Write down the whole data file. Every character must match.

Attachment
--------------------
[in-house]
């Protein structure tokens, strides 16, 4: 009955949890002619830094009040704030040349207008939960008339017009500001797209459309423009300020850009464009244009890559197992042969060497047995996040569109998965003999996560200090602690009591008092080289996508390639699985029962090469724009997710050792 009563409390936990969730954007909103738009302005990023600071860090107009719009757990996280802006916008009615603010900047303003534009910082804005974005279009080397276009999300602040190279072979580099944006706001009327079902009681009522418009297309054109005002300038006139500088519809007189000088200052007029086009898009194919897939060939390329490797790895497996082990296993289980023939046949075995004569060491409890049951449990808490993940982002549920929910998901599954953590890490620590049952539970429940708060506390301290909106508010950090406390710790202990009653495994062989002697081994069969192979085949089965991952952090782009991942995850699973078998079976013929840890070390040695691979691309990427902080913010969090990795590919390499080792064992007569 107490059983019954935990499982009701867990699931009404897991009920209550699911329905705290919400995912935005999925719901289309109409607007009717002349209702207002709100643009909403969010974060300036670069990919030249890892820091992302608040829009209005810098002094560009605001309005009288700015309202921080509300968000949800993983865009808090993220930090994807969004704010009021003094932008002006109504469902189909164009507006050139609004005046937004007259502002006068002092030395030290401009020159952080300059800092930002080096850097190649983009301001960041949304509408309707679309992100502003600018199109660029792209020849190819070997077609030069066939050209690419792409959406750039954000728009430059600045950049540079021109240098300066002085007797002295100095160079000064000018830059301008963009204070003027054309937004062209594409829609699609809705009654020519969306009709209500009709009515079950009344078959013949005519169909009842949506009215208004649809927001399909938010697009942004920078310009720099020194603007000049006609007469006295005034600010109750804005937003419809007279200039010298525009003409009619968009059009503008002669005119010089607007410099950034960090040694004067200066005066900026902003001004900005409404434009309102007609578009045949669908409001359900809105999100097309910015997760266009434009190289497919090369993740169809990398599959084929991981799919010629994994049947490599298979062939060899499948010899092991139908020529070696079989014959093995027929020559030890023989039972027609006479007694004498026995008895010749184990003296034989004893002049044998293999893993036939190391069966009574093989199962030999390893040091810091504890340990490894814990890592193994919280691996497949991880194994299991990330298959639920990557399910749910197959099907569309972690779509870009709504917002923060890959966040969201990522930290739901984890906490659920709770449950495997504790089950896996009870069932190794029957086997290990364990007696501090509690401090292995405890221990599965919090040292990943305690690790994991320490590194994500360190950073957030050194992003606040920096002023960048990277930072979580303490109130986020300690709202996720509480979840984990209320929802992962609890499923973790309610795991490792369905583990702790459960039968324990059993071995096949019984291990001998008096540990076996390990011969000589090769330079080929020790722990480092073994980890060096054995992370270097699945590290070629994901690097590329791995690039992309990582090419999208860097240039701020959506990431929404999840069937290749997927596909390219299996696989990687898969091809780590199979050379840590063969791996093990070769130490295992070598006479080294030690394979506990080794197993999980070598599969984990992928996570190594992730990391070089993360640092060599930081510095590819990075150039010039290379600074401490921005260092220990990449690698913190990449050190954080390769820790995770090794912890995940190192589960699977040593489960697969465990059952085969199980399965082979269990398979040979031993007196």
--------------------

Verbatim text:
[in-house]
């Protein structure tokens, strides 16, 4: 009955949890002619830094009040704030040349207008939960008339017009500001797209459309423009300020850009464009244009890559197992042969060497047995996040569109998965003999996560200090602690009591008092080289996508390639699985029962090469724009997710050792 009563409390936990969730954007909103738009302005990023600071860090107009719009757990996280802006916008009615603010900047303003534009910082804005974005279009080397276009999300602040190279072979580099944006706001009327079902009681009522418009297309054109005002300038006139500088519809007189000088200052007029086009898009194919897939060939390329490797790895497996082990296993289980023939046949075995004569060491409890049951449990808490993940982002549920929910998901599954953590890490620590049952539970429940708060506390301290909106508010950090406390710790202990009653495994062989002697081994069969192979085949089965991952952090782009991942995850699973078998079976013929840890070390040695691979691309990427902080913010969090990795590919390499080792064992007569 107490059983019954935990499982009701867990699931009404897991009920209550699911329905705290919400995912935005999925719901289309109409607007009717002349209702207002709100643009909403969010974060300036670069990919030249890892820091992302608040829009209005810098002094560009605001309005009288700015309202921080509300968000949800993983865009808090993220930090994807969004704010009021003094932008002006109504469902189909164009507006050139609004005046937004007259502002006068002092030395030290401009020159952080300059800092930002080096850097190649983009301001960041949304509408309707679309992100502003600018199109660029792209020849190819070997077609030069066939050209690419792409959406750039954000728009430059600045950049540079021109240098300066002085007797002295100095160079000064000018830059301008963009204070003027054309937004062209594409829609699609809705009654020519969306009709209500009709009515079950009344078959013949005519169909009842949506009215208004649809927001399909938010697009942004920078310009720099020194603007000049006609007469006295005034600010109750804005937003419809007279200039010298525009003409009619968009059009503008002669005119010089607007410099950034960090040694004067200066005066900026902003001004900005409404434009309102007609578009045949669908409001359900809105999100097309910015997760266009434009190289497919090369993740169809990398599959084929991981799919010629994994049947490599298979062939060899499948010899092991139908020529070696079989014959093995027929020559030890023989039972027609006479007694004498026995008895010749184990003296034989004893002049044998293999893993036939190391069966009574093989199962030999390893040091810091504890340990490894814990890592193994919280691996497949991880194994299991990330298959639920990557399910749910197959099907569309972690779509870009709504917002923060890959966040969201990522930290739901984890906490659920709770449950495997504790089950896996009870069932190794029957086997290990364990007696501090509690401090292995405890221990599965919090040292990943305690690790994991320490590194994500360190950073957030050194992003606040920096002023960048990277930072979580303490109130986020300690709202996720509480979840984990209320929802992962609890499923973790309610795991490792369905583990702790459960039968324990059993071995096949019984291990001998008096540990076996390990011969000589090769330079080929020790722990480092073994980890060096054995992370270097699945590290070629994901690097590329791995690039992309990582090419999208860097240039701020959506990431929404999840069937290749997927596909390219299996696989990687898969091809780590199979050379840590063969791996093990070769130490295992070598006479080294030690394979506990080794197993999980070598599969984990992928996570190594992730990391070089993360640092060599930081510095590819990075150039010039290379600074401490921005260092220990990449690698913190990449050190954080390769820790995770090794912890995940190192589960699977040593489960697969465990059952085969199980399965082979269990398979040979031993007196």